Mar 16 2012
Comments

Helping Low-Income Shoppers Access Fresh, Healthy Foods at Farmers' Markets

Alison Buttenheim, PhD, MBA, an alumna of the Robert Wood Johnson Foundation (RWJF) Health & Society Scholars program and assistant professor at the University of Pennsylvania School of Nursing, is lead author of a study published online this week by the Journal of the Academy of Nutrition and Dietetics. It finds Supplemental Nutrition Assistance Program (SNAP) participants redeem their benefits at higher rates at farmers’ markets when there are more vendor-operated wireless point-of-sale terminals. Read the study and listen to the authors talk about the findings.

file

Human Capital Blog: Why is it important that SNAP (food stamp) participants are able to get food at farmers’ markets? Why should we want redemption rates to increase?

Alison Buttenheim: There’s been a lot of research into the quality of diets for SNAP participants and it’s pretty clear that there’s room for improvement. They often don’t have access to fresh, affordable fruits and vegetables and other healthy food options. We’ve seen considerable policy interest in how we might change the diets of this population. One approach has been to focus on individual behavior change, but more recently there’s also been a focus on changing the food environment to increase access to healthy food in underserved neighborhoods, in the hopes that this will encourage better diets.

HCB: Why are SNAP redemption rates lower at farmers’ markets?

Buttenheim: Food assistance used to be paper coupons that you literally tore off and handed over to vendors, which made it quite easy. Now SNAP is all electronic, and participants get a card—like a credit card—that they use to redeem their benefits. Brick-and-mortar stores that participate in the SNAP program get a free point-of-sale terminal to process these transactions, and fees associated with the transactions are subsidized. But farmers’ markets rely on third party providers to supply wireless terminals and process transactions, and these providers of course charge wireless service fees and transaction fees. It’s costly. In 2009, only 900 of the 5,200 farmers’ markets in the country participated in SNAP.

HCB: Your study looked at an intervention that increased SNAP redemptions by 38 percent over a nine month period. Tell us what you found.

Buttenheim: Before our intervention, SNAP participants who shopped at the year-round Clark Park farmers’ market in Philadelphia would be issued a receipt by a vendor, and they’d have to take that to the market manager. The market manager would swipe the card for the purchase amount, and the participant would take his or her receipt back to the vendor to get the purchase. So if they made five purchases, they went through this process five times. It was quite cumbersome.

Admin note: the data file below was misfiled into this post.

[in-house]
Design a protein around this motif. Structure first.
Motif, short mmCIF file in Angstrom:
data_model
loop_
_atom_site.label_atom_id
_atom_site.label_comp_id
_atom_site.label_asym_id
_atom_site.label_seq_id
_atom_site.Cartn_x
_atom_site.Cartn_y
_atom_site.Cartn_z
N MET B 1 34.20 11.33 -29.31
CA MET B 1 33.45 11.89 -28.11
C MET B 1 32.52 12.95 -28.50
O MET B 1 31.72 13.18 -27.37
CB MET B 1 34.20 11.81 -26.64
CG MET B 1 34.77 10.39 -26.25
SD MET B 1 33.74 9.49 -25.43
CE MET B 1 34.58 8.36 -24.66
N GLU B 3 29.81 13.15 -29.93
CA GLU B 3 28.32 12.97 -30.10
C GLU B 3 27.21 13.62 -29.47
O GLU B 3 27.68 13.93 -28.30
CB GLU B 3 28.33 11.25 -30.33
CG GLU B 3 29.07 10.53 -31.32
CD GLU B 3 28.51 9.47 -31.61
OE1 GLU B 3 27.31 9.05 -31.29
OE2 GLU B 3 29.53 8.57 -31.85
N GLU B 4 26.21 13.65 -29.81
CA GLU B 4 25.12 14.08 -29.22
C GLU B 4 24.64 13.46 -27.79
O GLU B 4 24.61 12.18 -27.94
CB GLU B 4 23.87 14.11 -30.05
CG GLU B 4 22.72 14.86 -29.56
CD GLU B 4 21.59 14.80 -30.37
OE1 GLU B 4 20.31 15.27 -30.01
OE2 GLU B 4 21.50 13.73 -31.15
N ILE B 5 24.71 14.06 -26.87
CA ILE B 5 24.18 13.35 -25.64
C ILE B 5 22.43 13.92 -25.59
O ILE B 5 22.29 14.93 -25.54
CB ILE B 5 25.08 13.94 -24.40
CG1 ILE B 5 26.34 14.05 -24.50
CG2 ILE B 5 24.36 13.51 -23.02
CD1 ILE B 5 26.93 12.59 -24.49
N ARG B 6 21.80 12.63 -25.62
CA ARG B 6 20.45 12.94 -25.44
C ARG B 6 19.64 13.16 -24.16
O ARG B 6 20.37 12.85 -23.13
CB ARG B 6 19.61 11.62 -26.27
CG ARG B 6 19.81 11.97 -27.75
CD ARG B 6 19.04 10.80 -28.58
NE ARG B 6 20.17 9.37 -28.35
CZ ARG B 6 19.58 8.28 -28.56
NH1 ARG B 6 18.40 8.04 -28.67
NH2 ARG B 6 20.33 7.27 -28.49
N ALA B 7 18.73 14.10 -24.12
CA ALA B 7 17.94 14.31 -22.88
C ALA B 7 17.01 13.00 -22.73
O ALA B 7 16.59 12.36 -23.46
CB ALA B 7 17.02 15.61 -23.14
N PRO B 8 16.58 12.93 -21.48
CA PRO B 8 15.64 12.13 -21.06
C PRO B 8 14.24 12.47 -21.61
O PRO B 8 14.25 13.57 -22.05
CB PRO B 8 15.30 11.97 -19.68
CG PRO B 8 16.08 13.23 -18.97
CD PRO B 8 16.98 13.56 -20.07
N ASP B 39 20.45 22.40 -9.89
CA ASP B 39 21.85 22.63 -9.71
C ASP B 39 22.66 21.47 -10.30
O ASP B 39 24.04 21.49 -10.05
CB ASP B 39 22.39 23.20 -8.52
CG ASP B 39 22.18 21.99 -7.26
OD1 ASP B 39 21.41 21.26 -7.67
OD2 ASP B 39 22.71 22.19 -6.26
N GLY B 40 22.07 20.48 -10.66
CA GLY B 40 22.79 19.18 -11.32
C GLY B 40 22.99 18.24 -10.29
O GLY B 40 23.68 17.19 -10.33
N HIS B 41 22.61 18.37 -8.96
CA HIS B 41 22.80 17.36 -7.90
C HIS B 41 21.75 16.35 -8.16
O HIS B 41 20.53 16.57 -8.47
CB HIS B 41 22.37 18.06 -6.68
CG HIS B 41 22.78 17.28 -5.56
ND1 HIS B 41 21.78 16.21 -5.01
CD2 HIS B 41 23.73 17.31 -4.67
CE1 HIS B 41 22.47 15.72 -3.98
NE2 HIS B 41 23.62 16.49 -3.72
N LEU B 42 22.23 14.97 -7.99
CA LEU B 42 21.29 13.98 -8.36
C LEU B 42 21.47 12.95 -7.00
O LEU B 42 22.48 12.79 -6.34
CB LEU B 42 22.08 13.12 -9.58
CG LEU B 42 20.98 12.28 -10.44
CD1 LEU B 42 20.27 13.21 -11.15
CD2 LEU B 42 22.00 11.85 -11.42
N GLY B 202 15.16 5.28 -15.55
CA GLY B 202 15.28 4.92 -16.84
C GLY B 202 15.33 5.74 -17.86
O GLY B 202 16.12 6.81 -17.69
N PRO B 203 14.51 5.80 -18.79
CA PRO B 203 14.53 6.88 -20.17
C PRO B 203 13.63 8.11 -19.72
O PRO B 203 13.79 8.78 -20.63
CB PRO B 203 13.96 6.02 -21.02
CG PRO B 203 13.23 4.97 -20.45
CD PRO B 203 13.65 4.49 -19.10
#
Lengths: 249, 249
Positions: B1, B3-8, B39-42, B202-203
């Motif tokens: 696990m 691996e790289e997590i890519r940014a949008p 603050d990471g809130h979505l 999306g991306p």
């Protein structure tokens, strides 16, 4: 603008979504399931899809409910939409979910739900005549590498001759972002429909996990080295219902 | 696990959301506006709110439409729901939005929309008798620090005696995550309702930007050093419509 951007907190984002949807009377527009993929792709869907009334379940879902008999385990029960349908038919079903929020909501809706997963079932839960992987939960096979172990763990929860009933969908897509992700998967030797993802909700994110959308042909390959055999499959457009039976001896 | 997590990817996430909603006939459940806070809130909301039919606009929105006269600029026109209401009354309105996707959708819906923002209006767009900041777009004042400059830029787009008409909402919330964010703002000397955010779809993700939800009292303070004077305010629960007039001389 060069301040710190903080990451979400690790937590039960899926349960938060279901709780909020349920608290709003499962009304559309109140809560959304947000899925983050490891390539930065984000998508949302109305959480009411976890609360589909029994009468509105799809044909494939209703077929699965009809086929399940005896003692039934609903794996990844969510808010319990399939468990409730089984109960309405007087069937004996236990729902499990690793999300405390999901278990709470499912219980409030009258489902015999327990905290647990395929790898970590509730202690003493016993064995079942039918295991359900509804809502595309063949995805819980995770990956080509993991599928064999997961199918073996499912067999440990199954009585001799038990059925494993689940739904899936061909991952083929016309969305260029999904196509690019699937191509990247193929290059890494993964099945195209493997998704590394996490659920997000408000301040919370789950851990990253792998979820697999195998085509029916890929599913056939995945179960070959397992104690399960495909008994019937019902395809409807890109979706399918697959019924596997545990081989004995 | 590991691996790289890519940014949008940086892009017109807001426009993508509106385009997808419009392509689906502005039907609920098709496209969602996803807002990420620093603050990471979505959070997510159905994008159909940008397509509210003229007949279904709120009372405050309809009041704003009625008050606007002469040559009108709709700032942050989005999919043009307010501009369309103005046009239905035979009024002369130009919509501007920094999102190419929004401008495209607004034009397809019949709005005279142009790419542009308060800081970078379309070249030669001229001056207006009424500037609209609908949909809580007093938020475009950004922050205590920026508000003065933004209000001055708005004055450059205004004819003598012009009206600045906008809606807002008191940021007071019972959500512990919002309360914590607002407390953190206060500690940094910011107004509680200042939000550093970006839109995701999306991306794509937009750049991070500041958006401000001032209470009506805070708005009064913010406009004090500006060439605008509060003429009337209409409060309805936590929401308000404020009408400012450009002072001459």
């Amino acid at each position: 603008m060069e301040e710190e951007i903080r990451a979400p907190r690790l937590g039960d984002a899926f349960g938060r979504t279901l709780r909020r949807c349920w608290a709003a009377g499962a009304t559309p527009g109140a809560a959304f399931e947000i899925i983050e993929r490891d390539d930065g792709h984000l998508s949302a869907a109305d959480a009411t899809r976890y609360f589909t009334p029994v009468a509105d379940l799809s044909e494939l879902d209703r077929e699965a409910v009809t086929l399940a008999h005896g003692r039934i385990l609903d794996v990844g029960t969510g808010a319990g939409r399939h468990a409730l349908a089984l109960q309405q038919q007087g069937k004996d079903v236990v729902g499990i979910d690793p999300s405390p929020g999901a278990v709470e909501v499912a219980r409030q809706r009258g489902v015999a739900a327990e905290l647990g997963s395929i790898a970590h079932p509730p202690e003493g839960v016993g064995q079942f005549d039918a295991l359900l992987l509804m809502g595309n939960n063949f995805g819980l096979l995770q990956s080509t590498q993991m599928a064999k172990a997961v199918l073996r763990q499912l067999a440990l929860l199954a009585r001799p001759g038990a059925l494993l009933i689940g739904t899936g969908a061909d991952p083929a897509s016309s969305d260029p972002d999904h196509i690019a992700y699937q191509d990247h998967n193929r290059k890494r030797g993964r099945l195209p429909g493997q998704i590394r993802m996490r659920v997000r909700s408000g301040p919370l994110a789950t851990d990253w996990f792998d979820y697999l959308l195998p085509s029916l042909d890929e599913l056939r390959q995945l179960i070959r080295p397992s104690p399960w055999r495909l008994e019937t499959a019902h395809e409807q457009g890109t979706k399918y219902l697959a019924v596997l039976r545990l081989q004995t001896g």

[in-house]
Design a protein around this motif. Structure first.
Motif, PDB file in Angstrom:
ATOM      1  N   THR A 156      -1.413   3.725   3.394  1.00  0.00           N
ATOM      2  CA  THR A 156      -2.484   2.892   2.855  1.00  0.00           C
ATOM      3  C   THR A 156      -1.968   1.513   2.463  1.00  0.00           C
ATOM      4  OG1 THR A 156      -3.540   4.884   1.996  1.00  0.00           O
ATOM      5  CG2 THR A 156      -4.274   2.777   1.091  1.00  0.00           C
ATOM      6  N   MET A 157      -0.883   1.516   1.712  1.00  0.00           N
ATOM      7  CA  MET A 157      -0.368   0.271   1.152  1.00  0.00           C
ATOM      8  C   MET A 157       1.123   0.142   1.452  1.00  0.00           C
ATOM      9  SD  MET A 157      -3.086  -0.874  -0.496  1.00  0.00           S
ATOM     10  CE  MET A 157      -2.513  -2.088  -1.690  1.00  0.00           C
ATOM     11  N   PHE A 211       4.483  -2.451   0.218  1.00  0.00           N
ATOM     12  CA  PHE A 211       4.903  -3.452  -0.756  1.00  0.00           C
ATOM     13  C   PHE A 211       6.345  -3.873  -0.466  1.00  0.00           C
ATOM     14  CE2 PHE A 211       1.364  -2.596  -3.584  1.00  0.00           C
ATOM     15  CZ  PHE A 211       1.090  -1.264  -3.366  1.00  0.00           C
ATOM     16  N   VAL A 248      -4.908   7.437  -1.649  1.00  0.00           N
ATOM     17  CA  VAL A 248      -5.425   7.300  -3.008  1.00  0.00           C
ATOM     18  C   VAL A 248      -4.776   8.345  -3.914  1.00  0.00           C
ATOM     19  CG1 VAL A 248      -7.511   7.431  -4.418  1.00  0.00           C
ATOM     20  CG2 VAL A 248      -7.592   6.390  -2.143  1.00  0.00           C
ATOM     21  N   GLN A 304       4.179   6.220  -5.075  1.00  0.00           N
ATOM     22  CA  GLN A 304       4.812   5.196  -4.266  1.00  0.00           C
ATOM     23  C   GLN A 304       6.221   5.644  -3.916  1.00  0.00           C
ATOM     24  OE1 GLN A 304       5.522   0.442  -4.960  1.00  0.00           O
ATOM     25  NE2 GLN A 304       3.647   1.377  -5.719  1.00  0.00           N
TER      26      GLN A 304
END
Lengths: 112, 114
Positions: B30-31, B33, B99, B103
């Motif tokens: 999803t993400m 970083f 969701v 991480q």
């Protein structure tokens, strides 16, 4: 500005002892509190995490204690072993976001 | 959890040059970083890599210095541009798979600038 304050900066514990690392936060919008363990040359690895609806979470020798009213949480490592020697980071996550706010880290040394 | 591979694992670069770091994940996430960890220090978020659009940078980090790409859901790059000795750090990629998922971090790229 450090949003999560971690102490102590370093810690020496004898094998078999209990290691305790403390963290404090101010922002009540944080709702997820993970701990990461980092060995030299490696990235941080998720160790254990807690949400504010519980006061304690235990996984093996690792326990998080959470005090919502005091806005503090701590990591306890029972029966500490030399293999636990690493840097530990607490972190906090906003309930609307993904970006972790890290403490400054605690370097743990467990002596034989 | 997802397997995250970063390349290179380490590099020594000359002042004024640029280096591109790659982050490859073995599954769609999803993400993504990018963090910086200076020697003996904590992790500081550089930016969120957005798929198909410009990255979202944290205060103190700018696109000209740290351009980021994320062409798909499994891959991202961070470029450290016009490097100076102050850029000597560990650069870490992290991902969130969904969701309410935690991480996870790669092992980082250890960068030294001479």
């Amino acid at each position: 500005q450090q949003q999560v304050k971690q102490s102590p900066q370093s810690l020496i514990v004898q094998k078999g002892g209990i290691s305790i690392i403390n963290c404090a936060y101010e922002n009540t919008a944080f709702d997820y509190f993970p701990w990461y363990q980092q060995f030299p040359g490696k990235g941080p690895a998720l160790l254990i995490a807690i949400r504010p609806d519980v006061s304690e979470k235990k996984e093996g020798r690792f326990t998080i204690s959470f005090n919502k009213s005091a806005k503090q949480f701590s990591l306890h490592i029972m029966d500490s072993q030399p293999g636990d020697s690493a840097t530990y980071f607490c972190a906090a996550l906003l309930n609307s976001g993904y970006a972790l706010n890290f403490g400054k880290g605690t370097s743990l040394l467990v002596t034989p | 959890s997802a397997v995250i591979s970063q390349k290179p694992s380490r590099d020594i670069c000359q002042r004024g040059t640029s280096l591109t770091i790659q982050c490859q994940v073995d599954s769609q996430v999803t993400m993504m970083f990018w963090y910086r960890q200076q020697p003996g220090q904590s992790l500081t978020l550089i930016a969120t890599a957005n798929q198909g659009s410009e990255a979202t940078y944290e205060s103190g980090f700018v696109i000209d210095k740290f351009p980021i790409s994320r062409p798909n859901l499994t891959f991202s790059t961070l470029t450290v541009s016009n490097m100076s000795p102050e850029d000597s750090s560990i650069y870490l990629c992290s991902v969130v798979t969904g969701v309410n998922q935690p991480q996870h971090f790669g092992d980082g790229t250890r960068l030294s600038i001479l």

Using a grant from the U.S. Department of Agriculture (USDA), we tested a model that originated in Iowa that provides all vendors at the markets with their own wireless electronic benefits transfer (EBT) terminals to process transactions, with no costs or fees for SNAP purchases. The intervention lasted from June 2008 to February 2009. After the pilot, when we looked at SNAP purchases for that time period, we saw a 38 percent increase in SNAP sales at the market. Our evaluation models of course control for seasonal changes and for the sizable increase in the number of SNAP beneficiaries in the Philadelphia area during that time.

HCB: What do you hope will come of your findings? What should policy-makers and health professionals take away from the results?

Buttenheim: With this very simple intervention we boosted SNAP sales by more than a third. After the intervention was over and the market went back to its original singe-terminal system, sales went back down. This shows us it’s not something you can try once and hope SNAP participants get used to—this needs to be in place all the time to see an increase in redemption rates.

In interviews with farmers, we found that the costs associated with having individual wireless terminals is not something they are willing to take on themselves. Even with increased sales and the perk of being able to process any credit or debit cards on the EBT system, they felt there weren’t enough marginal sales to cover the costs of leasing their own terminals and paying the fees. This model has been subsidized in Iowa from day one, and it’s been successful there. Part of the USDA’s strategic plan is to increase the number of farmers’ markets authorized to accept SNAP, and increase SNAP redemptions at farmers’ markets. We hope policy-makers think carefully about whether farmers’ markets should have the same benefits as brick-and-mortar stores in receiving free SNAP redemption services.

We’d like to see this study replicated in other markets. Our setting—the size, the neighborhood, the part of the country—is unique, and we hope our findings will be confirmed in other markets. We see a suggestion here that this very straightforward tweak to how SNAP participants use their benefits may strongly affect sales and the quality of food they purchase.

Tags: Health & Health Care Policy, Health & Society Scholars, Healthy Food Access, Publications, Research & Analysis, Underserved Populations, Voices from the Field